Debbie

  8. I love reading all of your comments. I teach technology at an intermediate level school. Grades 3-5. I have used many different keyboarding programs over the years. I always start out by modeling on the SmartBoard with a home row colored keyboard. Then I start them out with DanceMat typing ….Typing Stages http://kidstyping.weebly.com/
    It is very colorful and interesting for the students. I allow them to play a keyboarding game after their lesson stage, that correlates with that lesson (or letters). I use a program ONLY2CLICKS with a tab for Keyboarding. I put all of our Keyboarding games there along with our lessons. All in one place, great for younger students. I will share my link to my keyboarding tab. It is on our school website. I teach approximately 6 weeks (sometimes more, if needed) of keyboarding. Then we apply it, by working on Google Docs, Microsoft Word, because the best way to learn is to actually do it.
    Another way to cover the keyboards is by using boxers! (CLEAN ones, of course). The students put their hands through the leg holes, which acts as a cover of the keyboards. Less messy, very good if you have a lab that is used by other grades. Hope this was helpful for any of you starting out.
    Check out Typing Jets HomeRow (http://www.arcademics.com/games/typing-jets/typing-jets.html) The students can race against each other in groups, my students LOVE THIS and it is great practice!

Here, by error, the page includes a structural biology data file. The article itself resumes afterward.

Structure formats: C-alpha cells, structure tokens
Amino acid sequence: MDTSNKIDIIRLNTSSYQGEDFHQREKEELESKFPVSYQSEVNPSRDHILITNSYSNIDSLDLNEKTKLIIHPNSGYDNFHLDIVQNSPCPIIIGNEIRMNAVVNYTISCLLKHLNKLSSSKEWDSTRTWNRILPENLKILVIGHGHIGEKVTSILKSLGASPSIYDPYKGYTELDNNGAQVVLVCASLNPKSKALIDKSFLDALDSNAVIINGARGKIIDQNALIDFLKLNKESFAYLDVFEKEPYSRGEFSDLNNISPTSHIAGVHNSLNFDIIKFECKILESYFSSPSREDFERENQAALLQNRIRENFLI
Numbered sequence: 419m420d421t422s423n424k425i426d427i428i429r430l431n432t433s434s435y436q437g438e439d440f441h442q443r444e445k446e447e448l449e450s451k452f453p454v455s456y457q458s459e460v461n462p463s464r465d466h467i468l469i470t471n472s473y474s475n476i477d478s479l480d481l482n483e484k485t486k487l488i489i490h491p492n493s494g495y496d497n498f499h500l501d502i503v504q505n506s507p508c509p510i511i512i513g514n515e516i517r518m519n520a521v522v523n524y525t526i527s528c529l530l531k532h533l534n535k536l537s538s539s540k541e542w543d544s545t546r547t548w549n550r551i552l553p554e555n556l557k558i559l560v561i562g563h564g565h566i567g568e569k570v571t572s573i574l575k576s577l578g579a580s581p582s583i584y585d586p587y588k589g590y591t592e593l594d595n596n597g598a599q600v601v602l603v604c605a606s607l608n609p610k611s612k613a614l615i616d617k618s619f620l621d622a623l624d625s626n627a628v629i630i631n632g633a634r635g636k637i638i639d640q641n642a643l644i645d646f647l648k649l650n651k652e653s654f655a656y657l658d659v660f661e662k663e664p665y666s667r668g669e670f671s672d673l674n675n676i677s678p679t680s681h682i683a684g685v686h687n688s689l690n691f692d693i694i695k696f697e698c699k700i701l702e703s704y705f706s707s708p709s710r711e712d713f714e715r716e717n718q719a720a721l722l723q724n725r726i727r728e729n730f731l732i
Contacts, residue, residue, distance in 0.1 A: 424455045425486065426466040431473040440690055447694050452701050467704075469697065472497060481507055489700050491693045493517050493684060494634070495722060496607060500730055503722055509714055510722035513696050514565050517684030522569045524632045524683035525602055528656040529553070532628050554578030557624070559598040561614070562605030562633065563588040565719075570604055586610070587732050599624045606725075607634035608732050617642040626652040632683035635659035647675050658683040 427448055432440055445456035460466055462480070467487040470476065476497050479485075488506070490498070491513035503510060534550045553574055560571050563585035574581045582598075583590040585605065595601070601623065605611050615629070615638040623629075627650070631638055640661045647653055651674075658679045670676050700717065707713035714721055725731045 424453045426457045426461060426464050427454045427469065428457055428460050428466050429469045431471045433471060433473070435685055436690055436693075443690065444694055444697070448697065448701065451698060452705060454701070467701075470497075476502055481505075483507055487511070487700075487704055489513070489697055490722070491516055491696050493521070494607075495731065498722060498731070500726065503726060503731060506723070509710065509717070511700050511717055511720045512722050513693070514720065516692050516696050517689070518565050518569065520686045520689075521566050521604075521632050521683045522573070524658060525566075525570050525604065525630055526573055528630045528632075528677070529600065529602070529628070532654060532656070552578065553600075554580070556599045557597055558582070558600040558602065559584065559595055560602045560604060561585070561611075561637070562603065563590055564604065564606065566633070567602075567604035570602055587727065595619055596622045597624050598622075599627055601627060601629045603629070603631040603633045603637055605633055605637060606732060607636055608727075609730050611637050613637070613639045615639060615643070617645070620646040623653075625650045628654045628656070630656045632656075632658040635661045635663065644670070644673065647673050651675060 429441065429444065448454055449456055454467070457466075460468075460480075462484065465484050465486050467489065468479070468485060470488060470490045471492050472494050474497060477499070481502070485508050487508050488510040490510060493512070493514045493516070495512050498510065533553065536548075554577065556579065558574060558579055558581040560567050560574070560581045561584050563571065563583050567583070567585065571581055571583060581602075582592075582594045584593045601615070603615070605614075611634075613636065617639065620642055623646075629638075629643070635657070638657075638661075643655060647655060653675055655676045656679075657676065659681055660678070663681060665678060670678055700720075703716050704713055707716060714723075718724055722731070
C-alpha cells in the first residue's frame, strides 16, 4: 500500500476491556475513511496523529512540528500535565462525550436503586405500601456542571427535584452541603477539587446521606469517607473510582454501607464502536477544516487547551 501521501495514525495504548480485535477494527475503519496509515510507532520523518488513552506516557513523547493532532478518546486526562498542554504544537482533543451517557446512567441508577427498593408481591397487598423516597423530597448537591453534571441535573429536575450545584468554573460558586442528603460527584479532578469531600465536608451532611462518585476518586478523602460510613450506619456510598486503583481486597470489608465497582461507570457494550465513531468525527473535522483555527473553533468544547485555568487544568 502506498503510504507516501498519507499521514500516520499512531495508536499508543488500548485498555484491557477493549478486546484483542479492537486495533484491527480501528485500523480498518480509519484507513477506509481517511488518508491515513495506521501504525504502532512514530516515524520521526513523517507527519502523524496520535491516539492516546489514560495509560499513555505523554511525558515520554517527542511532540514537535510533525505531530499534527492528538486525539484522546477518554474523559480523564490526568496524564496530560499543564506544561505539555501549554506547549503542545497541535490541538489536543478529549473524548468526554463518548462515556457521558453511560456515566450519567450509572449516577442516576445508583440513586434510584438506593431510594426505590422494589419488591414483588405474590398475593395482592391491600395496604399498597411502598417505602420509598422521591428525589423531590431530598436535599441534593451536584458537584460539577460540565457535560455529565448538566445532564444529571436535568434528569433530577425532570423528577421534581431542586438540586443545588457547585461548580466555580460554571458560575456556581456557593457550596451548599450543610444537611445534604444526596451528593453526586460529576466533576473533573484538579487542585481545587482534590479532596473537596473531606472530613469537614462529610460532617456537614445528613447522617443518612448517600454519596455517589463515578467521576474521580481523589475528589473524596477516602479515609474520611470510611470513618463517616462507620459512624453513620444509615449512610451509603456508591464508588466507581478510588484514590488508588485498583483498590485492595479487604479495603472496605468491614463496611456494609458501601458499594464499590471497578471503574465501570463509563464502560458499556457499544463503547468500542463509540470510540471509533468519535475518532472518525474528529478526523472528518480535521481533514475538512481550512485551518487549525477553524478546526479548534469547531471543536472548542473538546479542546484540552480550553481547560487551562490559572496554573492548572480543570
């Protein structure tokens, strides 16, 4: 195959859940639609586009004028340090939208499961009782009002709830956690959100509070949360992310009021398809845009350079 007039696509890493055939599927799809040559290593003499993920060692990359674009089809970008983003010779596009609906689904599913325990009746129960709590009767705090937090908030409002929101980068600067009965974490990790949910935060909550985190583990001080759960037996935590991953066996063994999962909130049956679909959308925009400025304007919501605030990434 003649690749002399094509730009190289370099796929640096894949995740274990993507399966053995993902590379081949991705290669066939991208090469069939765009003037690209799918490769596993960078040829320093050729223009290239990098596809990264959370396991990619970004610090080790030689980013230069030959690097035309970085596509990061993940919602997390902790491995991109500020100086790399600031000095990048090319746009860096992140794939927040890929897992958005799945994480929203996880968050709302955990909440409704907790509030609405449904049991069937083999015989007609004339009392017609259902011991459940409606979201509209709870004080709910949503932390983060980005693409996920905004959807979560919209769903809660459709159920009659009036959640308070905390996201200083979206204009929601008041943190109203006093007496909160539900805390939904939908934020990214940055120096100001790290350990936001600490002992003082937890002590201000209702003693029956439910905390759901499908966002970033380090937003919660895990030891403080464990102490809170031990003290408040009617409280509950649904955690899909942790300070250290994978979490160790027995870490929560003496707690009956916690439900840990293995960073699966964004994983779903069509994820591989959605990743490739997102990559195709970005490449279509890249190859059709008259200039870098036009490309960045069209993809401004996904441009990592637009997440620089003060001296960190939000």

This is my link to Keyboarding:
    http://www.only2clicks.com/pages/RETcomputerlab/625535

  9. I have the same dilemma as a computer aide trying to teach keyboarding. I ordered some slim line Mac keyboard covers that fit perfectly, hoping to take a paint marker and cover the letters and numbers. It doesn’t work. I can’t cover them with Sharpies or paint markers. I’ve tried wiping them with acetone, graffiti remover and alcohol. None of them have worked. I’m about to resort to electrical tape, but I’m sure students will pull the tape off. I’m pretty sure spray paint won’t work on these silicone covers. Any other suggestions?

    1. If you were to go that route and use a clear cover that needs painted, I would suggest painting the inside of the covers rather than the tops (this would help prevent the oil in students’ fingers from eventually rubbing the paint off). Also, if you are using a spray paint it needs to be the type that works on plastics. Good luck!

  10. I had to use a laptop to teach a 6th grader. Used a Sharpie to paint the letters! Then wrapped the keyboard with a food wrap to prevent peering eyes! The food wrap can be blown with a hair dryer to make it less obtrusive, but was helpful even otherwise.

  11. When I learned to type, about 30 years ago, my teacher had us cut and paste masking tape on each key. If the tape showed through, we had to put a smaller square of paper covering the letter, then put the tape on top of it. I don’t really remember if we tried to peek or not (I went to an all-girls, catholic school so we pretty much did as we were told,) but it worked quite well. And it was cheap, too! I suppose painter’s tape would work too. Better yet, I found these keyboard stickers on Amazon that seem like the perfect alternative to cutting little squares of masking tape: http://amzn.to/2ocvaYd And they are quite inexpensive as well! Hope this helps 🙂

    Thank you for your outstanding website. I shall include it in a round up of “best free learning-to-type websites” in my blog.